10. The Committee recommends that the State party continue strengthening its measures to combat tax evasion and tax abuse, including by ensuring that private foundations are subject to the necessary regulations, in order to contribute to the efforts of other States parties in combating tax evasion and tax abuse schemes. The Committee further recommends that the State party provide in its next periodic report detailed information on the impact of such measures and on related investigations launched and their outcomes. The Committee refers the State party to its general comment No. 24 (2017) on State obligations under the International Covenant on Economic, Social and Cultural Rights in the context of business activities, paragraph 37.
11.While noting the amendment to article 283 of the Criminal Code, which broadened the list of prohibited grounds of discrimination, the Committee regrets the absence of comprehensive anti-discrimination legislation in the State party (art. 2).
12. The Committee recommends that the State party adopt comprehensive anti-discrimination legislation, which includes all prohibited grounds for discrimination, covers not only direct but also indirect discrimination and provides for the implementation of temporary special measures and remedies for victims, and ensure its systemic application. The Committee refers the State party to its general comment No. 20 (2009) on non-discrimination in economic, social and cultural rights.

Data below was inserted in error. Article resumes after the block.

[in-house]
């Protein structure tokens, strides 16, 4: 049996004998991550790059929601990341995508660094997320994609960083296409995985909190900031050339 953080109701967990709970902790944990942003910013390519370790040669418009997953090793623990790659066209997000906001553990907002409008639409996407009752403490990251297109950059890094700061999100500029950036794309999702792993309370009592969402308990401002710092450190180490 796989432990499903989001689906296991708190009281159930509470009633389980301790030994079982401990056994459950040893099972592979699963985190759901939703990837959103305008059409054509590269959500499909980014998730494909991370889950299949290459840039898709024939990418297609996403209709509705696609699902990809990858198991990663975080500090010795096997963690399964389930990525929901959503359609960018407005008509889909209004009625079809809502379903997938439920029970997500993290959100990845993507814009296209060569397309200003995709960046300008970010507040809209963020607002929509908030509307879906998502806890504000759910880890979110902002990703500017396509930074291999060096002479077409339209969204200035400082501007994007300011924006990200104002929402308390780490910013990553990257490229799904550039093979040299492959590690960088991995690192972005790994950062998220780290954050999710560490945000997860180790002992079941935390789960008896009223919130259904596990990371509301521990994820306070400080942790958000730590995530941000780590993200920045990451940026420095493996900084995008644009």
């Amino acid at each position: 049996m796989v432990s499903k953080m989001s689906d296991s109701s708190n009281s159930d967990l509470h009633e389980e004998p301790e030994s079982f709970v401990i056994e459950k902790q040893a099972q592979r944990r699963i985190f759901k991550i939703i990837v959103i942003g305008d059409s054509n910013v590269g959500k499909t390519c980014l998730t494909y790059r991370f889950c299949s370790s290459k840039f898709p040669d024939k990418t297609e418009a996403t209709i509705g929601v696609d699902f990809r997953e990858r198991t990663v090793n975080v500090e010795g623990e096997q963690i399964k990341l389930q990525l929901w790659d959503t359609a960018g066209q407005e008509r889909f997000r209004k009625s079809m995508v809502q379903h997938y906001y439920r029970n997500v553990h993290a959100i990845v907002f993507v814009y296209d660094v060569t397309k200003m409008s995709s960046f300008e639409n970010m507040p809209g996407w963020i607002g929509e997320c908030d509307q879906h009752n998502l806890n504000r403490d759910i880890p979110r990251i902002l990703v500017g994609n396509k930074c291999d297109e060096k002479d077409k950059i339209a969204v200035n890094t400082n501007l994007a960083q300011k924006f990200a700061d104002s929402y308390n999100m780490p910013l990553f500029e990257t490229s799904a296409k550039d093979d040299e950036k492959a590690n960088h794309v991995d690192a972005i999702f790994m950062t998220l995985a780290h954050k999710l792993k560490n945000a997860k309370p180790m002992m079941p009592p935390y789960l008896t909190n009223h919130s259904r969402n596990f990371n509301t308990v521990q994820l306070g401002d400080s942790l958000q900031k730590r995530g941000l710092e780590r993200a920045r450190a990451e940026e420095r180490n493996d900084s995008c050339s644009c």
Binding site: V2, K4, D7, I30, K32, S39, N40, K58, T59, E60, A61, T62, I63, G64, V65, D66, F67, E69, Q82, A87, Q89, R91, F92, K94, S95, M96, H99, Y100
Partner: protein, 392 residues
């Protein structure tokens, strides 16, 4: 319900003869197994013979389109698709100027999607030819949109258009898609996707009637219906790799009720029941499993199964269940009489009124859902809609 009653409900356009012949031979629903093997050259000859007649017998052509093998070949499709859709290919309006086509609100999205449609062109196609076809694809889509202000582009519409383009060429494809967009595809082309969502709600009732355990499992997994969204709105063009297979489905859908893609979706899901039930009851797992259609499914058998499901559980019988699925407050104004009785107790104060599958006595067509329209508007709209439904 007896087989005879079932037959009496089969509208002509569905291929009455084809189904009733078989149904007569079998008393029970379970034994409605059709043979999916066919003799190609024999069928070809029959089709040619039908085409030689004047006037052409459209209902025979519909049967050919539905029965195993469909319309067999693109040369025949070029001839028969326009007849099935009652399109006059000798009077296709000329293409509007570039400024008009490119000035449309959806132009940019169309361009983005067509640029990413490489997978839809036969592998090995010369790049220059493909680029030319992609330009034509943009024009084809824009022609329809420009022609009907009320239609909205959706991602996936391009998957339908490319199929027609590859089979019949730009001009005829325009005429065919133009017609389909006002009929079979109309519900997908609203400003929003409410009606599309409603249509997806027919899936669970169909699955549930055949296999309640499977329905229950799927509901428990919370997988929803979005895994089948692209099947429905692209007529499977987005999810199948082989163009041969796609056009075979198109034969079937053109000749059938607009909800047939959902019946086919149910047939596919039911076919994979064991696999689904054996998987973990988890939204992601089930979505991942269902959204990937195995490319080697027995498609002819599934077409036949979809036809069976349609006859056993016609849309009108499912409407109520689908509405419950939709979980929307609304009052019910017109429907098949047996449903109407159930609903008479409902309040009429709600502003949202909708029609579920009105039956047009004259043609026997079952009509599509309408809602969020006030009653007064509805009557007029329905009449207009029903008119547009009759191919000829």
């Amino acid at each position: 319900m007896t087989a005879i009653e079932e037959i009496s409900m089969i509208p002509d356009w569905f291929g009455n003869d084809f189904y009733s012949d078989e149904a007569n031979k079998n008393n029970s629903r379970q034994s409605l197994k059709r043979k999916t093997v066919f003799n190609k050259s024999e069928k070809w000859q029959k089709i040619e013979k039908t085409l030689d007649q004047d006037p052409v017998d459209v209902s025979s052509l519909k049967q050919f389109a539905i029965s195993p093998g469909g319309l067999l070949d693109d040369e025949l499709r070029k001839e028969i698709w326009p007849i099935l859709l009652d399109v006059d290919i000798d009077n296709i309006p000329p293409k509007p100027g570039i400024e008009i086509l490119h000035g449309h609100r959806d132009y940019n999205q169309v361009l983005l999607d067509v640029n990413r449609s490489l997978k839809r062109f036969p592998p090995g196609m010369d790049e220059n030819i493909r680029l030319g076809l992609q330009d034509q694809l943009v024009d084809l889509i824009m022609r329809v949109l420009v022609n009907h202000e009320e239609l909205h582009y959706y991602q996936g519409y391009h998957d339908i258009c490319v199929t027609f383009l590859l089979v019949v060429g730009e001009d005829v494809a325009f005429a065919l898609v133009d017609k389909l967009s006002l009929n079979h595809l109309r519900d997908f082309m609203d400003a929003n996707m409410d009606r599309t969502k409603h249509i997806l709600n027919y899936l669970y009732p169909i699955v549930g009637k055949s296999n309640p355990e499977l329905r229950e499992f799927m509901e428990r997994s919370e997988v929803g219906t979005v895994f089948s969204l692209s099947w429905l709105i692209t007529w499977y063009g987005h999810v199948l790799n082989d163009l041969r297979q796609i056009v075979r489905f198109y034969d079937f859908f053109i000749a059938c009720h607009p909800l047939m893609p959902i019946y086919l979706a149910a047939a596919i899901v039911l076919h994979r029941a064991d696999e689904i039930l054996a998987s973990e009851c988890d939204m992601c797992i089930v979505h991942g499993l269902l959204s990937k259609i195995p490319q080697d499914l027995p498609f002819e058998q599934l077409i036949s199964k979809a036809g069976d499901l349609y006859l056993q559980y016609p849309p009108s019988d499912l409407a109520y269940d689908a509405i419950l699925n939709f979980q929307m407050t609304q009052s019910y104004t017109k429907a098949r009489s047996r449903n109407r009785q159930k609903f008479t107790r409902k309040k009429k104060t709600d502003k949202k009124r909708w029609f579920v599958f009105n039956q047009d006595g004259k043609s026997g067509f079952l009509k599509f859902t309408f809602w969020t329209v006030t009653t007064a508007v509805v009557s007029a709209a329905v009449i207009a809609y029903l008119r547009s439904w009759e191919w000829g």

Persons with disabilities
13.The Committee is concerned about the lack of statistical data on the enjoyment of the Covenant rights by persons with disabilities. The Committee is also concerned that the concept of reasonable accommodation is not incorporated into relevant legislation, which may contribute to de facto discrimination against persons with disabilities (art. 2).
14. The Committee recommends that the State party collect disaggregated data to monitor the enjoyment of economic, social and cultural rights by persons with disabilities and provide information and statistical data in this respect in the next periodic report. The Committee also recommends that the State party incorporate the concept of reasonable accommodation into all legislation affecting persons with disabilities and take measures to ensure its implementation.
Equality between men and women
15.While noting the efforts to promote gender equality pursued by the Equal Opportunity Unit before its dissolution in 2016 and the introduction of related legislative amendments, the Committee is concerned about the absence of a specific mechanism for the promotion of gender equality. It also notes with concern that traditional gender roles and stereotypes of women and men in the family and society persist and the low representation of women in political and decision-making positions (art. 3).